Yes, in a book which Flew, to my great sadness, supposedly wrote about philosophers that he could not even remember in post-release interviews. Clearly the man is losing his faculties, and was primed for exploitation by the likes of Varghese and D’Souza. Luckily for us, D’Souza is so clueless as to what makes for a sound argument, he refutes himself:

”In the book, Flew uses simple analogies to expose atheist illogic. For instance, leading atheists seek to prove that the mind is no more than the brain. If the brain is destroyed, they say, we can't use our minds. Therefore there is nothing to minds excerpt circuits andneurons.”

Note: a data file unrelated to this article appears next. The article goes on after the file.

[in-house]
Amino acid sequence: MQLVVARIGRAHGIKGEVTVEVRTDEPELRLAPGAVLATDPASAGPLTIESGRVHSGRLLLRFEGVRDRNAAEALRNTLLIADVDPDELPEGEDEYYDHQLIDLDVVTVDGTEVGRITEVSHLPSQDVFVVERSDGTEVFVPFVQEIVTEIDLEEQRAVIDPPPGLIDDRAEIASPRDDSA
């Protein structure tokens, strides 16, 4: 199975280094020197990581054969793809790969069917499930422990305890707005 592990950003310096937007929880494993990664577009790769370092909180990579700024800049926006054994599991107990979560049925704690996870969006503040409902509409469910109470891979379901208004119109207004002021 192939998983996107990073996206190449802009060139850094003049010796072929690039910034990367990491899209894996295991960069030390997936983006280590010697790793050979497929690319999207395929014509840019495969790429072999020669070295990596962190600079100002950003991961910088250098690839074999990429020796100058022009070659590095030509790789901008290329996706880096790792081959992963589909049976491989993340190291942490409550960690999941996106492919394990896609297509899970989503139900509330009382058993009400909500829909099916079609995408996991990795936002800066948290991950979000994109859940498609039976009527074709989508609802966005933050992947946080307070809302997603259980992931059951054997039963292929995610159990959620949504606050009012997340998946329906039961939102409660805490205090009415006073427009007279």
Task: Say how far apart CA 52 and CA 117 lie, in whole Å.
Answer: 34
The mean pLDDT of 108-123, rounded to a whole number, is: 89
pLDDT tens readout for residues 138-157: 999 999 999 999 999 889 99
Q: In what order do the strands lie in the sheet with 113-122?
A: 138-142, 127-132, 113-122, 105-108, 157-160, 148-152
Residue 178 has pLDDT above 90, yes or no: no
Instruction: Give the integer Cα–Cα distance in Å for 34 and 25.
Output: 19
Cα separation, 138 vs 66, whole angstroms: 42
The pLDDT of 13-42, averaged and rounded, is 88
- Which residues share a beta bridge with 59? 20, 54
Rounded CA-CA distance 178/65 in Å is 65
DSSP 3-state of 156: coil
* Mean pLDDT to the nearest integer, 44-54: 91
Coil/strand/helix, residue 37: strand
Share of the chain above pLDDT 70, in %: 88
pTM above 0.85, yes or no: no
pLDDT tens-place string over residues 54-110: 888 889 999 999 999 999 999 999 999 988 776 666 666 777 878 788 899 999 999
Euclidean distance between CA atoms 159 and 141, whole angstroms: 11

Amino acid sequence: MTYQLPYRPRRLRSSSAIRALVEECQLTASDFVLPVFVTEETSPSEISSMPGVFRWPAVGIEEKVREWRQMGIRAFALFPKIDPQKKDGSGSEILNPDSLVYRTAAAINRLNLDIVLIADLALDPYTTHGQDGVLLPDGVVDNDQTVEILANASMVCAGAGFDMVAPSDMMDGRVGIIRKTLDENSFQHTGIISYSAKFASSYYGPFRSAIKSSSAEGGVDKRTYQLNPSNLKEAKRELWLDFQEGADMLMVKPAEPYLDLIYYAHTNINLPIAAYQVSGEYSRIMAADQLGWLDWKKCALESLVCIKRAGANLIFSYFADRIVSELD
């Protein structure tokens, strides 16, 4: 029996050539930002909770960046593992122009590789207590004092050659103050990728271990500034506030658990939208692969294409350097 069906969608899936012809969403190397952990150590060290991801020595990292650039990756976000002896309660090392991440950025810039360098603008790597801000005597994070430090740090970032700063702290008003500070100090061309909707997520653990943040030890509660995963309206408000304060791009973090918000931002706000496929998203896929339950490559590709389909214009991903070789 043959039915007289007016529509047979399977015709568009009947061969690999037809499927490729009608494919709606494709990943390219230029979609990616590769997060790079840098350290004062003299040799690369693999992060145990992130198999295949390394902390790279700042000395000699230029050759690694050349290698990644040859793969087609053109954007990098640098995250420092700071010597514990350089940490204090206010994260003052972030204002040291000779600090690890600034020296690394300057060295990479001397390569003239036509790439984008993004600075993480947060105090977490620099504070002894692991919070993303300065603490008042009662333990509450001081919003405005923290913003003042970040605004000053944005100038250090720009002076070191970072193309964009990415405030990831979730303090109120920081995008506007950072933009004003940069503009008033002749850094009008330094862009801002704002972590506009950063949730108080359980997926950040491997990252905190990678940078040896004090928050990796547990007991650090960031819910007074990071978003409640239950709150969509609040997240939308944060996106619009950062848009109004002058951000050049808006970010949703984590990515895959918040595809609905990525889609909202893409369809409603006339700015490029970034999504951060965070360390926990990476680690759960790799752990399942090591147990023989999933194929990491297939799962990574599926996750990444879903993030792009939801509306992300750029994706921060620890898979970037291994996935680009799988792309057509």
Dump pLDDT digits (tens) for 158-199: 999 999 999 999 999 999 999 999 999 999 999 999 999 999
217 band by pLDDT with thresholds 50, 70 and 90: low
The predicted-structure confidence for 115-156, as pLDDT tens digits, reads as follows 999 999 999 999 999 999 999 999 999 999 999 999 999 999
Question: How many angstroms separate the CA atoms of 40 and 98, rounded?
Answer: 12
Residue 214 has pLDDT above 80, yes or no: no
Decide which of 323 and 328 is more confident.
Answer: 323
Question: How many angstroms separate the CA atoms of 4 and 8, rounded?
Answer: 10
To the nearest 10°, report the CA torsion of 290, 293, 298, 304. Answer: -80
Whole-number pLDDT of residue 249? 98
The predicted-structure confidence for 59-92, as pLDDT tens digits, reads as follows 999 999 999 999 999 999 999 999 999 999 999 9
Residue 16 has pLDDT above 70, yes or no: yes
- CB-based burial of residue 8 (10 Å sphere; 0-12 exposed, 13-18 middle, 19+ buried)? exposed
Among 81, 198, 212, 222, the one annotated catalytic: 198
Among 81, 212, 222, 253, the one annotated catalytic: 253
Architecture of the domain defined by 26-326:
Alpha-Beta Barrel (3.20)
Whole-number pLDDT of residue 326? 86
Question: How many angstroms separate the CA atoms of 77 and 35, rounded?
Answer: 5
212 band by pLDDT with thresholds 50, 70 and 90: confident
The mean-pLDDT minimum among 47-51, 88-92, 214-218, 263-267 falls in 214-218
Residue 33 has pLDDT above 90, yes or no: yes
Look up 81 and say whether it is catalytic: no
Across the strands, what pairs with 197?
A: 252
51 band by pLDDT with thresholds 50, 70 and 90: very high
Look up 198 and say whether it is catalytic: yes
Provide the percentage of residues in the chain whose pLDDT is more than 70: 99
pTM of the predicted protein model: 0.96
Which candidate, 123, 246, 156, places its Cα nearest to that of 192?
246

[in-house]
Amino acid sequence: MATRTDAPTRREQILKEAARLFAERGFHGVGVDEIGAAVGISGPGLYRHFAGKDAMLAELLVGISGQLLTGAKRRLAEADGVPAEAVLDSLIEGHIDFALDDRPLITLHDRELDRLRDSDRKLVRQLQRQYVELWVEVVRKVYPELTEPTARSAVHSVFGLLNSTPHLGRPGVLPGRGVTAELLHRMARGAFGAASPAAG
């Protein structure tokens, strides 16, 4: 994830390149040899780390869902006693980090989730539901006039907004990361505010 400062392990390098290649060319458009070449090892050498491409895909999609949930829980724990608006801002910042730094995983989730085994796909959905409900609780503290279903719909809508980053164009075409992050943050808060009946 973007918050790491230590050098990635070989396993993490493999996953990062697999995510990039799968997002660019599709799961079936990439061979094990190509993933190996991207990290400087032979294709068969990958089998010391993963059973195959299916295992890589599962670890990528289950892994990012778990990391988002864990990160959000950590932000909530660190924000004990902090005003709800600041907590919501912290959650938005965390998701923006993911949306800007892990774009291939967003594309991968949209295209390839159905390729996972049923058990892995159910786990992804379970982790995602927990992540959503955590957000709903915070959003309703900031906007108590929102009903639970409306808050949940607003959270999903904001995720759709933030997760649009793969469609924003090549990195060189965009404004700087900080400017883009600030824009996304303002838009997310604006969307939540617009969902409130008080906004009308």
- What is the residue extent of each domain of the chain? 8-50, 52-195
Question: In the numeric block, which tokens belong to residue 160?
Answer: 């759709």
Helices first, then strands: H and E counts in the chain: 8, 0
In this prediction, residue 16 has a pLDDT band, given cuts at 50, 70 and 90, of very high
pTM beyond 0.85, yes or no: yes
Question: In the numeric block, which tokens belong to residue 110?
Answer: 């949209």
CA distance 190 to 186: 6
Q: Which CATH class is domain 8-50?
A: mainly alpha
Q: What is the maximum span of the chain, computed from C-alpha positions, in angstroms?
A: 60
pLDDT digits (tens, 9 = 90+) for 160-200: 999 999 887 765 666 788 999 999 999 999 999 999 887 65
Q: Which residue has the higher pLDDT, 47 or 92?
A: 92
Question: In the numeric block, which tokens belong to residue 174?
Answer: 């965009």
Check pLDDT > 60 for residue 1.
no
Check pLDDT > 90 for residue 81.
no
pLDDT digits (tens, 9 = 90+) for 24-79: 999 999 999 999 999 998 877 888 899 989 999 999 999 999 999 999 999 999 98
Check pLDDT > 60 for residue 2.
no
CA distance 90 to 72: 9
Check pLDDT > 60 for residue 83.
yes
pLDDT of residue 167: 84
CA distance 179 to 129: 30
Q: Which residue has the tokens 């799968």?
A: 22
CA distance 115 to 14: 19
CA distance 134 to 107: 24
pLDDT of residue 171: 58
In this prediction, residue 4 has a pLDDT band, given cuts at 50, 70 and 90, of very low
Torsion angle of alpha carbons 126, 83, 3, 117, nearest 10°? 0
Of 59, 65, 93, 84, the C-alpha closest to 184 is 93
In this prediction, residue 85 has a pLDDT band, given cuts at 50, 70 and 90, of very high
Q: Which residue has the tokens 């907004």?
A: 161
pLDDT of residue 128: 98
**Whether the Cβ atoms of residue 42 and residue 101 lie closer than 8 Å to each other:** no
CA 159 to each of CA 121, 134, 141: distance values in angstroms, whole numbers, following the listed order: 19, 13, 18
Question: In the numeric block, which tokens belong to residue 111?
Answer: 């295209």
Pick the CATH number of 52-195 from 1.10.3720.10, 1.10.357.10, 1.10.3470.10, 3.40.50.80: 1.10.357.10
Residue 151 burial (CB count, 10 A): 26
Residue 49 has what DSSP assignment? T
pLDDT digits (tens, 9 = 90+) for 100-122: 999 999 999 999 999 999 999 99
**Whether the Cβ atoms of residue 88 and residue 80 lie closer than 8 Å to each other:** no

Apparently D’Souza, and now poor Flew, needs to be reminded of what every Logic 101 student learns: analogies do not prove, they only illustrate. Flew cannot possibly expose illogic, of atheists or anyone else, using analogies. And again we must ask the master of MSU, where are these atheistic scientists seeking to prove the mind is no more than the brain? I know of many scientists, like Stephen Pinker, who seek to explain brain function in terms of what we know of it, including but not limited to the fact that no verified example exists of mind function without brain function. Flew’s analogy here of a child on an island finding a cell phone and concluding that there are no voices without the phone rings shallow. One can always devise a hypothetical scenario where standard scientific methodology might draw an erroneous conclusion. So what? The question is not “is it possible such reasoning could error”, but rather “why should we, in this particular instance, conclude that it is in error?” D’Souza is strangely silent on this question, and for good reason. The answer, that it runs contrary to what he wishes were true, would not serve his political and sociological agenda. Better to toss out the analogy, and hope his target audience doesn’t notice the gaping flaw in his argument. Then, as if to pour salt in an open wound, D’Souza goes into major denial over Flew’s reduced mental capacity: